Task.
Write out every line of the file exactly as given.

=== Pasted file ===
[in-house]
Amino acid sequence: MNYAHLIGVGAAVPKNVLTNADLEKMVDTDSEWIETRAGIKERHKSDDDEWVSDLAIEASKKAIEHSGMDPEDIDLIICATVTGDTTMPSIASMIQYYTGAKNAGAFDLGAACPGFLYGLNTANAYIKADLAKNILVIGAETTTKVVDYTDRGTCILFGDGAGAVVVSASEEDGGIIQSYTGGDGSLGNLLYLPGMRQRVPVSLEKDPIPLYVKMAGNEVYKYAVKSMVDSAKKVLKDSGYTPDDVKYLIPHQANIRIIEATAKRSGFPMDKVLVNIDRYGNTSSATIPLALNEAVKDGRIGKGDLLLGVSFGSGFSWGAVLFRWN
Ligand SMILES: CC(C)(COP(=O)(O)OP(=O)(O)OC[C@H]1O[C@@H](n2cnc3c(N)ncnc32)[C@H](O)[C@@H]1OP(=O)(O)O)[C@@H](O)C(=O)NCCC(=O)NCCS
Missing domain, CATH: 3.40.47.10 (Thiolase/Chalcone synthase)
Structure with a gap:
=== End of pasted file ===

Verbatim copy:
[in-house]
Amino acid sequence: MNYAHLIGVGAAVPKNVLTNADLEKMVDTDSEWIETRAGIKERHKSDDDEWVSDLAIEASKKAIEHSGMDPEDIDLIICATVTGDTTMPSIASMIQYYTGAKNAGAFDLGAACPGFLYGLNTANAYIKADLAKNILVIGAETTTKVVDYTDRGTCILFGDGAGAVVVSASEEDGGIIQSYTGGDGSLGNLLYLPGMRQRVPVSLEKDPIPLYVKMAGNEVYKYAVKSMVDSAKKVLKDSGYTPDDVKYLIPHQANIRIIEATAKRSGFPMDKVLVNIDRYGNTSSATIPLALNEAVKDGRIGKGDLLLGVSFGSGFSWGAVLFRWN
Ligand SMILES: CC(C)(COP(=O)(O)OP(=O)(O)OC[C@H]1O[C@@H](n2cnc3c(N)ncnc32)[C@H](O)[C@@H]1OP(=O)(O)O)[C@@H](O)C(=O)NCCC(=O)NCCS
Missing domain, CATH: 3.40.47.10 (Thiolase/Chalcone synthase)
Structure with a gap: